Convergence of Annoying Naming Conventions


the iTini cocktail10-6-2011 ETA: In light of the recent passing of Steve Jobs, I’ve decided to postpone the posting of the next cocktail and leave the iTini up for another week.


As much as I absolutely adore anything that Apple comes out with, I have to admit that the iEverything naming thing is a little much. In fact, it’s almost as annoying as the prevalence of calling anything in a cocktail glass a -tini.

Of course, the -tini appelation is appropriate when the drink is inspired by the original and, well, I suppose the leading lowercase i deserves the same benefit.

The iTini

2 oz Vodka
1 oz Anise-flavored Liqueur

Combine the two alcohols in a shaker over ice and shake like an etch-a-sketch*. Strain into a chilled-but-no-frills cocktail glass and whatever you do, don’t you dare add a garnish.

When I tried to envision what a Mac would taste like (other than plastic and wires and stuff), I envisioned something very clean, streamlined and, yes, an acquired taste. Immediately I thought of anise. Licorice is one of those things you either love or hate, there’s seldom a middle ground. And I think the same is true about the computer we’re paying homage to.

Using what I had on hand meant Galliano so the drink is yellow. Had I been willing to leave the house for the 1,256th errand of the day I would have picked up a clear anise liqueur to keep that sleek white look. But, hey, we all remember the fruity iMacs, right? (I still have a Blueberry G3 at the office!) And iPods come in all sorts of colors. You also want a very clean, crisp vodka so go premium or make something else, like the fabulous Cinco 5-Star I’ve used earlier in the series.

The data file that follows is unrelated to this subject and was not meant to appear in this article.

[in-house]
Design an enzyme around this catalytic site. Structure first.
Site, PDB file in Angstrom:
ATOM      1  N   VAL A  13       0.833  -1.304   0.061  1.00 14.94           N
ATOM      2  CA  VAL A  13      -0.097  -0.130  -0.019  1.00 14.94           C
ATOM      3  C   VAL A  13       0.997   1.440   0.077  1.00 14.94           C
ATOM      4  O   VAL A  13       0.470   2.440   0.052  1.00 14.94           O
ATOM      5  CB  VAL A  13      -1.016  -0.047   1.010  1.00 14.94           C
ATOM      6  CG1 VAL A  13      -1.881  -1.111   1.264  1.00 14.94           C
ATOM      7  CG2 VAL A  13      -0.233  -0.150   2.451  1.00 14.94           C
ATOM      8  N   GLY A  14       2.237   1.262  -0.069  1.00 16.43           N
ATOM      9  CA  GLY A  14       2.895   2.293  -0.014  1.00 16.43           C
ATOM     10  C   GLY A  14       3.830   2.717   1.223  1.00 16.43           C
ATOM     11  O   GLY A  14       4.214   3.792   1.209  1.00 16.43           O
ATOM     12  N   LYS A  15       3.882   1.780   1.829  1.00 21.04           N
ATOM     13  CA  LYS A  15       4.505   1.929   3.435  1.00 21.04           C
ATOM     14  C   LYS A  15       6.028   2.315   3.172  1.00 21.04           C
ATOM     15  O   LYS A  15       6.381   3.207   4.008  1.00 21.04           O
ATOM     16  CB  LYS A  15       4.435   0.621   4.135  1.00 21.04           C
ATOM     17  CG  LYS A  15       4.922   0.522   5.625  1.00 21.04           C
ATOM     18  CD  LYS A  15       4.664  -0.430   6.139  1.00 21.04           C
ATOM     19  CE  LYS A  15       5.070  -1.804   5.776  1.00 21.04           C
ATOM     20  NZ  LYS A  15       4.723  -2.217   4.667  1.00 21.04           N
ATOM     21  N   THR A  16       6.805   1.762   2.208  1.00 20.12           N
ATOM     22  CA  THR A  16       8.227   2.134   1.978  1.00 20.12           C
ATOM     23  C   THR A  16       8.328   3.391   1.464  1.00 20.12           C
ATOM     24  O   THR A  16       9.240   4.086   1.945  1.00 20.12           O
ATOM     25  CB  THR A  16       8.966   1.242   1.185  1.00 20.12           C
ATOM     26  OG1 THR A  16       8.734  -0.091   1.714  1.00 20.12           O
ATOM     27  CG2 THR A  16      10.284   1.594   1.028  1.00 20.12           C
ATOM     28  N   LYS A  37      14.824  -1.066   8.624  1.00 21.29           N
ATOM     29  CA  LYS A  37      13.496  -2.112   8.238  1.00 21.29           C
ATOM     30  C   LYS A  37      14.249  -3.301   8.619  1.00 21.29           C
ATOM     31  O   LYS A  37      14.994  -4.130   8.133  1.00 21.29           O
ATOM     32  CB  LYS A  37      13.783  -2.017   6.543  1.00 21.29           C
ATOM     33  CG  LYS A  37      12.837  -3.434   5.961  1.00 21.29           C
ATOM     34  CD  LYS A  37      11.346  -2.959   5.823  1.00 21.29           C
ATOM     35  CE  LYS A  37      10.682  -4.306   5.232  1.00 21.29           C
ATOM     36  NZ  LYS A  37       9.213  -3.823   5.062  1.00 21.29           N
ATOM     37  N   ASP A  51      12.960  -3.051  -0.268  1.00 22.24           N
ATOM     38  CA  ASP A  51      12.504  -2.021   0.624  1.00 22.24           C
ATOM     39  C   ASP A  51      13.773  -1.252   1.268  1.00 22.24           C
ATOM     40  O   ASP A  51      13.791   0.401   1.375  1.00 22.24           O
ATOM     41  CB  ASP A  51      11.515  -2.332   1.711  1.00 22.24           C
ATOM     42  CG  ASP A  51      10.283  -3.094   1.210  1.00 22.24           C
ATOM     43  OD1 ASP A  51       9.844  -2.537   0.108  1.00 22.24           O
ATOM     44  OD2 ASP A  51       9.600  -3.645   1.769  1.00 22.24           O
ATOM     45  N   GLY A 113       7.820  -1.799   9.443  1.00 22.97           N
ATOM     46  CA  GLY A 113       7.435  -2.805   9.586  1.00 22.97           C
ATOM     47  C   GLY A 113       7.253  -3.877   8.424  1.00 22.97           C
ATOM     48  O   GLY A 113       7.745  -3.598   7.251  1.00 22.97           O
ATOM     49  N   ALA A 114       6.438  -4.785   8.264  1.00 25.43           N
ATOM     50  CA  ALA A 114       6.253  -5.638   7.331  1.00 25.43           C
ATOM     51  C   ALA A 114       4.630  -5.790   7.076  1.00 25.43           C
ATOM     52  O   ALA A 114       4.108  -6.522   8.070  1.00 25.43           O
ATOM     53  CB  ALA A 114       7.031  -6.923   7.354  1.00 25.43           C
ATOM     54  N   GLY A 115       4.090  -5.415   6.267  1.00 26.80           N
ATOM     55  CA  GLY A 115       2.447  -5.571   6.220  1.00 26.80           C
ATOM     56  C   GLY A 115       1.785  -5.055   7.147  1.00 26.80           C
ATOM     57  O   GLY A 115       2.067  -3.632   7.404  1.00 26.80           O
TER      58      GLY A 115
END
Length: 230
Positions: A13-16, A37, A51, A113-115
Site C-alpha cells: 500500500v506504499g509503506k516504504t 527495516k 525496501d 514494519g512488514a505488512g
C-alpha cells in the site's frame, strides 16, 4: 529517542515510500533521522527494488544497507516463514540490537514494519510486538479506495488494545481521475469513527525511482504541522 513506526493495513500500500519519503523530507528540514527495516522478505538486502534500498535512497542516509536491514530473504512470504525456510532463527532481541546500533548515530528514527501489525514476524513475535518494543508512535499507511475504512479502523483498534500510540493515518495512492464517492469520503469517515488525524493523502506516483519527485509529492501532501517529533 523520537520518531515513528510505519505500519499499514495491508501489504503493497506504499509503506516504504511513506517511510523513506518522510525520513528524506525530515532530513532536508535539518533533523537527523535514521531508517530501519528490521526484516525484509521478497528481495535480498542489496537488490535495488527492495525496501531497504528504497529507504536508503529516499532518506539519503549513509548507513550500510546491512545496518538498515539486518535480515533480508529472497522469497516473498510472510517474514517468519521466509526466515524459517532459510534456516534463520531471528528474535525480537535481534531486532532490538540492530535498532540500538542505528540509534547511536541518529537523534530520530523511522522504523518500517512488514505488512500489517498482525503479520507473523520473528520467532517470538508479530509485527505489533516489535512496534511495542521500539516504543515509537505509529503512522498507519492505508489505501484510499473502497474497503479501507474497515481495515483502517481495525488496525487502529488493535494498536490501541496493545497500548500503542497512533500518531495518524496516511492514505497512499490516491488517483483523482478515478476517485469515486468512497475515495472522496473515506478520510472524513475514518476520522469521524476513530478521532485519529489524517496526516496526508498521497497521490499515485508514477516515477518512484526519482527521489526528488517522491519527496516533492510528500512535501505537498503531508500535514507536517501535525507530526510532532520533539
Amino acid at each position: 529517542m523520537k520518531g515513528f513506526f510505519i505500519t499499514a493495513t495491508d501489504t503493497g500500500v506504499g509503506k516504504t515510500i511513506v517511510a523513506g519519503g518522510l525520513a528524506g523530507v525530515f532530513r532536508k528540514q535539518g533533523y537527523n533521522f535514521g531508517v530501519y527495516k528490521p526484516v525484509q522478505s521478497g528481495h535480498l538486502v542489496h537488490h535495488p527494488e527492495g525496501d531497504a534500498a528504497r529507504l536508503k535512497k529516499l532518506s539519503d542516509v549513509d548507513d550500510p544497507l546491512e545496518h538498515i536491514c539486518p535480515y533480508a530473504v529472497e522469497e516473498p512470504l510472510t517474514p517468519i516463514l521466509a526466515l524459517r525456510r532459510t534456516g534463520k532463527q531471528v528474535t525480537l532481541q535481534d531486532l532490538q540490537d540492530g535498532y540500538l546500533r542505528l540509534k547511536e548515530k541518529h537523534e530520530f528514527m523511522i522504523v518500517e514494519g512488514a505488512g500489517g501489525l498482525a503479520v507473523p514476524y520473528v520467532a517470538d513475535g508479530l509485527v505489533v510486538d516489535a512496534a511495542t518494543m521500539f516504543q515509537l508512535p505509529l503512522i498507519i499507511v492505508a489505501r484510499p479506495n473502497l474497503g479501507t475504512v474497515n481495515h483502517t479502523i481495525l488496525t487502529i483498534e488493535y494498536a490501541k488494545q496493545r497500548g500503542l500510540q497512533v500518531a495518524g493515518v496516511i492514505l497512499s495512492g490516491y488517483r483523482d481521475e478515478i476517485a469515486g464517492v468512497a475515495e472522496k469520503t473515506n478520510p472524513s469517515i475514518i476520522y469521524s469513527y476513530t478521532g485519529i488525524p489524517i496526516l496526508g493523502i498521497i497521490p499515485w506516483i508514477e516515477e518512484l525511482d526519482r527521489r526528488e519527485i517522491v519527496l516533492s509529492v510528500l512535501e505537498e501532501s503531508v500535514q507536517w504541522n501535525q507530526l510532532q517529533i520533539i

I happen to like both, but I have to be in the mood for licorice. I also use Mac and non-Mac computers–each have their strengths. So while this drink (which only barely qualifies as a true cocktail IF you count the 3rd ingredient as the water that gets mixed-in during shaking) isn’t an everyday drink (figuratively speaking, of course), it has it’s uses.

*Dilbert reference–we’re just name dropping all up in here and, no, neither Apple nor Scott Adams know who I am. But Cinco did send me a bottle of their fabulous vodka to try out and I can’t recommend it enough!

50 Shots of America–Washington


The countdown of the last 10 states in the series continues with the northwest corner of the contiguous 48…


Caramel MacchiappleDid you know that when the powers that be in the Washington Territory petitioned for statehood in 1885, they wanted to be known as the state of Columbia? Congress, however, thought it would be too easily confused with the District of Columbia, the Nation’s capital. It’s ironic, then, that they didn’t have a problem naming it the State of Washington, don’t you think?

It might be a pretty big state, but around 60% of it’s residents are cluster in the Seattle metro area, and is home to some serious heavy-hitters in tech: Amazon, Google and Microsoft. It’s known for it’s apple orchards, boasts actual rain forests and is the birthplace of a little, hardly known coffee company 😉

I know not everyone is a fan of Starbucks. I love shopping local, including for my coffee beverages, but oh… oh I love the crazy caloric rush that is the Caramel Macchiato (Caramel Latte almost anywhere esle). And, like some sort of a joke, my coffee order is a bit complex: Venti Decaf Soy Caramel Macchiato.


The More Complicated the Coffee...

The More Complicated the Coffee...

But would coffee and apples taste good together?

Caramel MacchiApple

1 oz Coffee Liqueur
1/2 oz Sour Apple Schnapps
1/4 oz Caramel Syrup

Combine all ingredients over ice and shake like Mount St Helens getting ready to blow. Strain into a chilled cordial glass (or demitasse) and sip.

The tart of the apple goes extremely well with the smooth caramel and coffee mixture. The Swedish Fish-garnish is a nod to another local landmark: Pike Place Market where the fish go flying.


Only 8 more states to go!